Dr Scott Filler
Malaria Team Leader, The Global Fund
Pictured above: Spray operators hunt for mosquito larvae in an abandoned fish pond outside a village in the Indonesian island of Sumatra as part of a malaria control campaign. Mosquitoes breed in stagnant waterbodies, raising the risk of spreading the disease. Credit: The Global Fund / Jiro Ose
In the face of the current COVID-19 pandemic, a renewed effort to end malaria has never been so vital.
In the past few years, progress toward eradicating malaria has levelled off, according to the World Health Organization.
Even more worrying are reports that the disease is on the rise in some high-burden countries.
“A lot of this is driven by the fact that the populations affected by malaria are growing fast, while we’ve seen financing plateau,” explains Dr Scott Filler, Malaria Team Leader at the Global Fund.
Throw into the mix a global pandemic, and it’s easy to see why efforts need to be stepped up if we are to defeat a killer that takes the lives of more than 400,000 every single year – more than half of whom are children.
Learning from our mistakes
As the world grapples to deal with COVID-19, there are lessons to be learnt from previous disease outbreaks.
During the Ebola crisis of 2014-2016, health services in West Africa were disrupted, malaria campaigns put on hold, and many individuals too fearful to seek treatment.
As a result, a massive increase in malaria-related deaths was reported. “More people died from malaria than from Ebola,” says Filler.
Adapting interventions quickly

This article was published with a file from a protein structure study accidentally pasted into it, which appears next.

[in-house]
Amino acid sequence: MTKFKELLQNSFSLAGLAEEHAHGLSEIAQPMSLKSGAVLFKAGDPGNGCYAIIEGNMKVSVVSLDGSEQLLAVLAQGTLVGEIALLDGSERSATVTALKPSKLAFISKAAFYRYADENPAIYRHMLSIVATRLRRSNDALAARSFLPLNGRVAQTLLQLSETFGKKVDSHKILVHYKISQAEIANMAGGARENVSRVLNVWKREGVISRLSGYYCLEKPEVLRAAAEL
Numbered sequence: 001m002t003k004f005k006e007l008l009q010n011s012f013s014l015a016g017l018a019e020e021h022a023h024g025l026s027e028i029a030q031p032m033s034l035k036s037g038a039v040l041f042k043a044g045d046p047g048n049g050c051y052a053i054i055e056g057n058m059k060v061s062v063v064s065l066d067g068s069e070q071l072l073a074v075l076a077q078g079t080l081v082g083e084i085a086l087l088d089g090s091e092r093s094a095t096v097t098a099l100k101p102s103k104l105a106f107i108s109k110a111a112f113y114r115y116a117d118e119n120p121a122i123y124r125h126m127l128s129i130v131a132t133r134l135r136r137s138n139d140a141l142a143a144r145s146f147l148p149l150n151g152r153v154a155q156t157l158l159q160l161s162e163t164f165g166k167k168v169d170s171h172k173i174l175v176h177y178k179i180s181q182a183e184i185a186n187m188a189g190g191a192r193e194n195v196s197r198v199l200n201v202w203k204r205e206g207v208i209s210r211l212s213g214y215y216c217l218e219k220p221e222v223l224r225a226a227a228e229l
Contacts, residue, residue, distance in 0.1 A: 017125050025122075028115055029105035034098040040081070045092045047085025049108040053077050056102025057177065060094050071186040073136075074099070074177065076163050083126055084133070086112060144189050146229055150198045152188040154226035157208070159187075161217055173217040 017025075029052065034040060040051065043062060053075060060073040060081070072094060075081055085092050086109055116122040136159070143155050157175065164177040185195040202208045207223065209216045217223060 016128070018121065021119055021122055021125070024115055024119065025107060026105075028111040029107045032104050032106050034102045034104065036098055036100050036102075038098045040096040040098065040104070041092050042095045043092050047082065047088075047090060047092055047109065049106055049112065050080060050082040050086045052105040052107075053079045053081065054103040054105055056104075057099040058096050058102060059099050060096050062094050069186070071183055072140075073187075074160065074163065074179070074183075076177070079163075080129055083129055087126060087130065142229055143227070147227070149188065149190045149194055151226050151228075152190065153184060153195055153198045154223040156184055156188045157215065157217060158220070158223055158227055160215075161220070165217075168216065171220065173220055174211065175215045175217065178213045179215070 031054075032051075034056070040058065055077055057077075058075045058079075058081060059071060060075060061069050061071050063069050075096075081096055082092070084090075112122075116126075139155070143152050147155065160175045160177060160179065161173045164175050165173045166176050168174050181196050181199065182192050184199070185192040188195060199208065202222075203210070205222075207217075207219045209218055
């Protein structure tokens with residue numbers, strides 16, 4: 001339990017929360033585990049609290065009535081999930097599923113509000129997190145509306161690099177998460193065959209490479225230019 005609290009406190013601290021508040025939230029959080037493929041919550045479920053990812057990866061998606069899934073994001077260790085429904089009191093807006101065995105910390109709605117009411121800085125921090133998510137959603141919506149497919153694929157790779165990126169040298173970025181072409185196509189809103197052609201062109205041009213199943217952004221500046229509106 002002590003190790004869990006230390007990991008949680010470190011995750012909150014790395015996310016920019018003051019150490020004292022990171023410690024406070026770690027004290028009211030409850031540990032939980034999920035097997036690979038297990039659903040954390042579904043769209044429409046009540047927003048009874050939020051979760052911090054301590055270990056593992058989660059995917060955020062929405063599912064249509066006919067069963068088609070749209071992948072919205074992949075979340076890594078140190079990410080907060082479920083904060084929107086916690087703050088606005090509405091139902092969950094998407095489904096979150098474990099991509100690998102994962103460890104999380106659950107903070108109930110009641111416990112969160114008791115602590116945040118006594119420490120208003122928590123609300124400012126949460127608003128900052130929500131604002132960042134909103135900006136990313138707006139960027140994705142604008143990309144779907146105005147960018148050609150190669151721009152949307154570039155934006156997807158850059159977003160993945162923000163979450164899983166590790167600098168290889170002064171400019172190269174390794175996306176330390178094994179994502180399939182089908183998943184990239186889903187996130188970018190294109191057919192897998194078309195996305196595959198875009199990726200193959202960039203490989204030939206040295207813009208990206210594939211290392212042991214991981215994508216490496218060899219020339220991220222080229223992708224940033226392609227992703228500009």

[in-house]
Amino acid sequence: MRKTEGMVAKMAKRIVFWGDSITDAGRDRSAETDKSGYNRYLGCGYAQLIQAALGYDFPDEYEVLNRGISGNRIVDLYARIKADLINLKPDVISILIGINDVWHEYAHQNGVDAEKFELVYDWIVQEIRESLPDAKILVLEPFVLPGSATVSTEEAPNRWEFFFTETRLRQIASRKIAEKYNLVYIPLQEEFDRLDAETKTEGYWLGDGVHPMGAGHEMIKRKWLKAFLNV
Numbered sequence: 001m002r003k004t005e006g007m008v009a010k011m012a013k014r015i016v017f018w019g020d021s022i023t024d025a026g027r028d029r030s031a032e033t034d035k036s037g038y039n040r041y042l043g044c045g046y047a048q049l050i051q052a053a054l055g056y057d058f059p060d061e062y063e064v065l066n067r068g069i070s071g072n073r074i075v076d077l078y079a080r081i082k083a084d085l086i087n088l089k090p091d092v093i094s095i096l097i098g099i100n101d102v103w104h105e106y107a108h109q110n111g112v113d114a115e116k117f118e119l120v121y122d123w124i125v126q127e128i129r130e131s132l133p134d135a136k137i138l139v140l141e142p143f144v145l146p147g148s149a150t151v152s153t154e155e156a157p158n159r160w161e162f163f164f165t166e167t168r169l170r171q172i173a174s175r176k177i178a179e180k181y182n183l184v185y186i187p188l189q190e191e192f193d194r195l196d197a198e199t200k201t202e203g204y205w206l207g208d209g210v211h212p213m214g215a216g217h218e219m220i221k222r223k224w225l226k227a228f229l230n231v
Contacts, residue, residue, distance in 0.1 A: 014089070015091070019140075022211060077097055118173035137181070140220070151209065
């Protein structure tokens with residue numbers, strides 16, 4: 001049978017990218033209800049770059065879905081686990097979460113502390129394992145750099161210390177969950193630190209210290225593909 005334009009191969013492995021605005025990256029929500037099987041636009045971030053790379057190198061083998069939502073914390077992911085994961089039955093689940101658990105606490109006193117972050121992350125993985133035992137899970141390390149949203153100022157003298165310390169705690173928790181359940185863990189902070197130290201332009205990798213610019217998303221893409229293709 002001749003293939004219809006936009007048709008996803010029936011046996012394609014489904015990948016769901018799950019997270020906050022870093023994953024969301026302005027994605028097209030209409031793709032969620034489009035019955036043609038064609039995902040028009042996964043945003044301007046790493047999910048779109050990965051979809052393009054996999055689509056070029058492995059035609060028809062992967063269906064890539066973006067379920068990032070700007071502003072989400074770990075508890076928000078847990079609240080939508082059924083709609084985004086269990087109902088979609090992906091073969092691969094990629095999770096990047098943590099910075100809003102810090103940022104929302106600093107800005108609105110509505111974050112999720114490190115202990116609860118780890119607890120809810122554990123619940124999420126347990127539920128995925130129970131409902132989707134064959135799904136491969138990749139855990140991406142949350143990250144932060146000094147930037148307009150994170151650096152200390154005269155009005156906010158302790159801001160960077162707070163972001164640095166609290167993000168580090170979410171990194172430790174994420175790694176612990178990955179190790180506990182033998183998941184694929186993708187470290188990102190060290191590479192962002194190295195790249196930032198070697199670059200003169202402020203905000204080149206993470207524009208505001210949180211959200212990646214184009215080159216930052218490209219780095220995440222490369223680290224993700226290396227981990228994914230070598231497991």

While the disease is complex, effective tools are available and they are working. Since 2000, the number of malaria-related deaths has halved. However, without further support, these huge gains could be lost.
The Global Fund is responding quickly by making up to US $1 billion available to help countries fight COVID-19, mitigate the impacts on lifesaving malaria programmes, and prevent fragile health systems from being overwhelmed.
“We need to adapt things like mass mosquito net distribution,” says Filler. “We’re also working on messaging to ensure patients with symptoms do seek care and that the healthcare providers and patients are protected.”
Malaria eradication can benefit the economy
Malaria is a disease that not only disproportionately affects people in poverty, but also perpetuates poverty.
Filler believes that, despite the gloomy fiscal outlook, now is the time for investors to be bold and consider the wider economic benefits of defeating this deadly disease.
Talk of vaccines, genetic engineering and new drugs being developed in the near future should add encouragement.
“In the next three to five years we’ll see things come to the table that will expand our toolbox,” continues Filler. “But that takes investment.”
The goal of eradicating malaria within a generation is still achievable. If the COVID-19 crisis has taught us anything, it’s that we live in an interconnected world and sharing resources, expertise and finances will bring results.